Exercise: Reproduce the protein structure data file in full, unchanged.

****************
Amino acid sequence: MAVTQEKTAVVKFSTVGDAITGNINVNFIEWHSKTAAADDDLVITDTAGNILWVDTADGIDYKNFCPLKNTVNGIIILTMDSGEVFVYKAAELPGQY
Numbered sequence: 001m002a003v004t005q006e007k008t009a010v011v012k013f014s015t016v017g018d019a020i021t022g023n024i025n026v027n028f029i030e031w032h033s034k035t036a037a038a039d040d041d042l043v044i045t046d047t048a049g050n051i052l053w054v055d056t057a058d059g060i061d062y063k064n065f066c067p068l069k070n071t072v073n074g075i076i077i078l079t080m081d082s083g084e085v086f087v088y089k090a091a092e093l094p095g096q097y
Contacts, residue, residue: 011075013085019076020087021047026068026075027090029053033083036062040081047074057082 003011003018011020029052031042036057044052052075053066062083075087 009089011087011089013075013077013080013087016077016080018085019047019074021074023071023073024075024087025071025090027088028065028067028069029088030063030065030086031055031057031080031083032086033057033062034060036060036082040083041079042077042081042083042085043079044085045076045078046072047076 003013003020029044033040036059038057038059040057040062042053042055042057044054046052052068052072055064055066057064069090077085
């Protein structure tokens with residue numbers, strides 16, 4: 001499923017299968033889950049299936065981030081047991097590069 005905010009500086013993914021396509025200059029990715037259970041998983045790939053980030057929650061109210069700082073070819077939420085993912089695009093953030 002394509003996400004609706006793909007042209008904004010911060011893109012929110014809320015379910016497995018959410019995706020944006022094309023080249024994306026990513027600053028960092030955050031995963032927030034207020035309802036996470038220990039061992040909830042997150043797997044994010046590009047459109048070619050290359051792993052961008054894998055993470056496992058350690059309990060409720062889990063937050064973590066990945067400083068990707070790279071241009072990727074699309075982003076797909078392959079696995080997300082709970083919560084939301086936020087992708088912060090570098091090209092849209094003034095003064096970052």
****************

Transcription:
Amino acid sequence: MAVTQEKTAVVKFSTVGDAITGNINVNFIEWHSKTAAADDDLVITDTAGNILWVDTADGIDYKNFCPLKNTVNGIIILTMDSGEVFVYKAAELPGQY
Numbered sequence: 001m002a003v004t005q006e007k008t009a010v011v012k013f014s015t016v017g018d019a020i021t022g023n024i025n026v027n028f029i030e031w032h033s034k035t036a037a038a039d040d041d042l043v044i045t046d047t048a049g050n051i052l053w054v055d056t057a058d059g060i061d062y063k064n065f066c067p068l069k070n071t072v073n074g075i076i077i078l079t080m081d082s083g084e085v086f087v088y089k090a091a092e093l094p095g096q097y
Contacts, residue, residue: 011075013085019076020087021047026068026075027090029053033083036062040081047074057082 003011003018011020029052031042036057044052052075053066062083075087 009089011087011089013075013077013080013087016077016080018085019047019074021074023071023073024075024087025071025090027088028065028067028069029088030063030065030086031055031057031080031083032086033057033062034060036060036082040083041079042077042081042083042085043079044085045076045078046072047076 003013003020029044033040036059038057038059040057040062042053042055042057044054046052052068052072055064055066057064069090077085
């Protein structure tokens with residue numbers, strides 16, 4: 001499923017299968033889950049299936065981030081047991097590069 005905010009500086013993914021396509025200059029990715037259970041998983045790939053980030057929650061109210069700082073070819077939420085993912089695009093953030 002394509003996400004609706006793909007042209008904004010911060011893109012929110014809320015379910016497995018959410019995706020944006022094309023080249024994306026990513027600053028960092030955050031995963032927030034207020035309802036996470038220990039061992040909830042997150043797997044994010046590009047459109048070619050290359051792993052961008054894998055993470056496992058350690059309990060409720062889990063937050064973590066990945067400083068990707070790279071241009072990727074699309075982003076797909078392959079696995080997300082709970083919560084939301086936020087992708088912060090570098091090209092849209094003034095003064096970052």